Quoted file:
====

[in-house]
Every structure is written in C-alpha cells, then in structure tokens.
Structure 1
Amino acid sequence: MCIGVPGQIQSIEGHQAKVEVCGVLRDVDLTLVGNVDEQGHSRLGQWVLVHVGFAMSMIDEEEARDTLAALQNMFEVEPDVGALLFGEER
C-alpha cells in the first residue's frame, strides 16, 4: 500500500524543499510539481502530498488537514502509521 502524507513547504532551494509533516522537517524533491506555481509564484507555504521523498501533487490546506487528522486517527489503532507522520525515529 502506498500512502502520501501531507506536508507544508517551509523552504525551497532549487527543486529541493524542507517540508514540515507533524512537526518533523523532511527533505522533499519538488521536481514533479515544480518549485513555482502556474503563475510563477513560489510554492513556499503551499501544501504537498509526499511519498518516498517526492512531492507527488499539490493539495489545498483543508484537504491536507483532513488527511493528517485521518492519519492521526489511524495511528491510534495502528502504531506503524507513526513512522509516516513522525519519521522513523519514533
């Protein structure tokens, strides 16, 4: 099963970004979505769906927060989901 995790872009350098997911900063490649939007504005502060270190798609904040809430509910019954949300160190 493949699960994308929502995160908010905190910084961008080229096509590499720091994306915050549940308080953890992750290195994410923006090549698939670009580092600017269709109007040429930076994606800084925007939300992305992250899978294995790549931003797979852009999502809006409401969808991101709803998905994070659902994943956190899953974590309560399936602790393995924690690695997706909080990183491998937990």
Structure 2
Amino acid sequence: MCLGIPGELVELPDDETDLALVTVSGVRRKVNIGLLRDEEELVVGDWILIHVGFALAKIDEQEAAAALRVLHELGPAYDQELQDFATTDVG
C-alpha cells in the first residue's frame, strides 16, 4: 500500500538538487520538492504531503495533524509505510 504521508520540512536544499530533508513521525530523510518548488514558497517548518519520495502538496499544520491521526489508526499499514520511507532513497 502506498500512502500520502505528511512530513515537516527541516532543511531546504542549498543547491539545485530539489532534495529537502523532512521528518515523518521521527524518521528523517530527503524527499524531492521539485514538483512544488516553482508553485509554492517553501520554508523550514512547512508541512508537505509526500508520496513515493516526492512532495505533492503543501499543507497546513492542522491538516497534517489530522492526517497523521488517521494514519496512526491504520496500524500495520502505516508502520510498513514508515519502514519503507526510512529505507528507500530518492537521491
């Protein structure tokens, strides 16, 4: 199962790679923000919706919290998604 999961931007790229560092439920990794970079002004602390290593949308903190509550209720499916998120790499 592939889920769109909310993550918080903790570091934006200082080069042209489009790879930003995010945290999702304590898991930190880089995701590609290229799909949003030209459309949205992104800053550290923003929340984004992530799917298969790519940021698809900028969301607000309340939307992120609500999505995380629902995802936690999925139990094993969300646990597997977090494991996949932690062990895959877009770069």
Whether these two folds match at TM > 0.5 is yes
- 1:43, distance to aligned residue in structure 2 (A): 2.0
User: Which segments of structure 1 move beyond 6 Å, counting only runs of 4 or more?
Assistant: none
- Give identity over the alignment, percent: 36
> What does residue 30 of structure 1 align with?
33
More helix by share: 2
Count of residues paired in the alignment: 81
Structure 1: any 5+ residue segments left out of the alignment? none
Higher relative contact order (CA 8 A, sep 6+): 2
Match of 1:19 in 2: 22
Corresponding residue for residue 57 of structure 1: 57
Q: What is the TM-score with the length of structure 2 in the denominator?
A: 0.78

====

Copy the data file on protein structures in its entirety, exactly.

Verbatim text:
[in-house]
Every structure is written in C-alpha cells, then in structure tokens.
Structure 1
Amino acid sequence: MCIGVPGQIQSIEGHQAKVEVCGVLRDVDLTLVGNVDEQGHSRLGQWVLVHVGFAMSMIDEEEARDTLAALQNMFEVEPDVGALLFGEER
C-alpha cells in the first residue's frame, strides 16, 4: 500500500524543499510539481502530498488537514502509521 502524507513547504532551494509533516522537517524533491506555481509564484507555504521523498501533487490546506487528522486517527489503532507522520525515529 502506498500512502502520501501531507506536508507544508517551509523552504525551497532549487527543486529541493524542507517540508514540515507533524512537526518533523523532511527533505522533499519538488521536481514533479515544480518549485513555482502556474503563475510563477513560489510554492513556499503551499501544501504537498509526499511519498518516498517526492512531492507527488499539490493539495489545498483543508484537504491536507483532513488527511493528517485521518492519519492521526489511524495511528491510534495502528502504531506503524507513526513512522509516516513522525519519521522513523519514533
């Protein structure tokens, strides 16, 4: 099963970004979505769906927060989901 995790872009350098997911900063490649939007504005502060270190798609904040809430509910019954949300160190 493949699960994308929502995160908010905190910084961008080229096509590499720091994306915050549940308080953890992750290195994410923006090549698939670009580092600017269709109007040429930076994606800084925007939300992305992250899978294995790549931003797979852009999502809006409401969808991101709803998905994070659902994943956190899953974590309560399936602790393995924690690695997706909080990183491998937990």
Structure 2
Amino acid sequence: MCLGIPGELVELPDDETDLALVTVSGVRRKVNIGLLRDEEELVVGDWILIHVGFALAKIDEQEAAAALRVLHELGPAYDQELQDFATTDVG
C-alpha cells in the first residue's frame, strides 16, 4: 500500500538538487520538492504531503495533524509505510 504521508520540512536544499530533508513521525530523510518548488514558497517548518519520495502538496499544520491521526489508526499499514520511507532513497 502506498500512502500520502505528511512530513515537516527541516532543511531546504542549498543547491539545485530539489532534495529537502523532512521528518515523518521521527524518521528523517530527503524527499524531492521539485514538483512544488516553482508553485509554492517553501520554508523550514512547512508541512508537505509526500508520496513515493516526492512532495505533492503543501499543507497546513492542522491538516497534517489530522492526517497523521488517521494514519496512526491504520496500524500495520502505516508502520510498513514508515519502514519503507526510512529505507528507500530518492537521491
């Protein structure tokens, strides 16, 4: 199962790679923000919706919290998604 999961931007790229560092439920990794970079002004602390290593949308903190509550209720499916998120790499 592939889920769109909310993550918080903790570091934006200082080069042209489009790879930003995010945290999702304590898991930190880089995701590609290229799909949003030209459309949205992104800053550290923003929340984004992530799917298969790519940021698809900028969301607000309340939307992120609500999505995380629902995802936690999925139990094993969300646990597997977090494991996949932690062990895959877009770069």
Whether these two folds match at TM > 0.5 is yes
- 1:43, distance to aligned residue in structure 2 (A): 2.0
User: Which segments of structure 1 move beyond 6 Å, counting only runs of 4 or more?
Assistant: none
- Give identity over the alignment, percent: 36
> What does residue 30 of structure 1 align with?
33
More helix by share: 2
Count of residues paired in the alignment: 81
Structure 1: any 5+ residue segments left out of the alignment? none
Higher relative contact order (CA 8 A, sep 6+): 2
Match of 1:19 in 2: 22
Corresponding residue for residue 57 of structure 1: 57
Q: What is the TM-score with the length of structure 2 in the denominator?
A: 0.78